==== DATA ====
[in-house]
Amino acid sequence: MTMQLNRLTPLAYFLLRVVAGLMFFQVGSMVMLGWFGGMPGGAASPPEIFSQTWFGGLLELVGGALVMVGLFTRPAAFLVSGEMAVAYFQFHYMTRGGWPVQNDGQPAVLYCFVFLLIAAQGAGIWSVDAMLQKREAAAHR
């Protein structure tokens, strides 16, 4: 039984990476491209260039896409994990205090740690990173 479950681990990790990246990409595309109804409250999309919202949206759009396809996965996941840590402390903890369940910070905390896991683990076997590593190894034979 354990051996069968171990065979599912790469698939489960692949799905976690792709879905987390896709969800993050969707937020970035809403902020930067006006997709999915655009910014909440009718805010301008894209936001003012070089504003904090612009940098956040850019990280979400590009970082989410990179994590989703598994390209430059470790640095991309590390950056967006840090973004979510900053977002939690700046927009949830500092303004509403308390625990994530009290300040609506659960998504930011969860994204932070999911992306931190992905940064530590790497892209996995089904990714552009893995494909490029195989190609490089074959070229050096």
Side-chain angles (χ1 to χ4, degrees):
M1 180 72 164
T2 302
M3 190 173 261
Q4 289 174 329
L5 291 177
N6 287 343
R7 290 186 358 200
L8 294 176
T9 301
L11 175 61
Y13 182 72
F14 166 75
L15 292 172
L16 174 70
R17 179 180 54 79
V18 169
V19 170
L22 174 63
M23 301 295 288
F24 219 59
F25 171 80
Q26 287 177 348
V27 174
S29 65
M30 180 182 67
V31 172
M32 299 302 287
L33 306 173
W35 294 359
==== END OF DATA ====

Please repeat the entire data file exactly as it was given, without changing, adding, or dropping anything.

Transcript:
[in-house]
Amino acid sequence: MTMQLNRLTPLAYFLLRVVAGLMFFQVGSMVMLGWFGGMPGGAASPPEIFSQTWFGGLLELVGGALVMVGLFTRPAAFLVSGEMAVAYFQFHYMTRGGWPVQNDGQPAVLYCFVFLLIAAQGAGIWSVDAMLQKREAAAHR
């Protein structure tokens, strides 16, 4: 039984990476491209260039896409994990205090740690990173 479950681990990790990246990409595309109804409250999309919202949206759009396809996965996941840590402390903890369940910070905390896991683990076997590593190894034979 354990051996069968171990065979599912790469698939489960692949799905976690792709879905987390896709969800993050969707937020970035809403902020930067006006997709999915655009910014909440009718805010301008894209936001003012070089504003904090612009940098956040850019990280979400590009970082989410990179994590989703598994390209430059470790640095991309590390950056967006840090973004979510900053977002939690700046927009949830500092303004509403308390625990994530009290300040609506659960998504930011969860994204932070999911992306931190992905940064530590790497892209996995089904990714552009893995494909490029195989190609490089074959070229050096």
Side-chain angles (χ1 to χ4, degrees):
M1 180 72 164
T2 302
M3 190 173 261
Q4 289 174 329
L5 291 177
N6 287 343
R7 290 186 358 200
L8 294 176
T9 301
L11 175 61
Y13 182 72
F14 166 75
L15 292 172
L16 174 70
R17 179 180 54 79
V18 169
V19 170
L22 174 63
M23 301 295 288
F24 219 59
F25 171 80
Q26 287 177 348
V27 174
S29 65
M30 180 182 67
V31 172
M32 299 302 287
L33 306 173
W35 294 359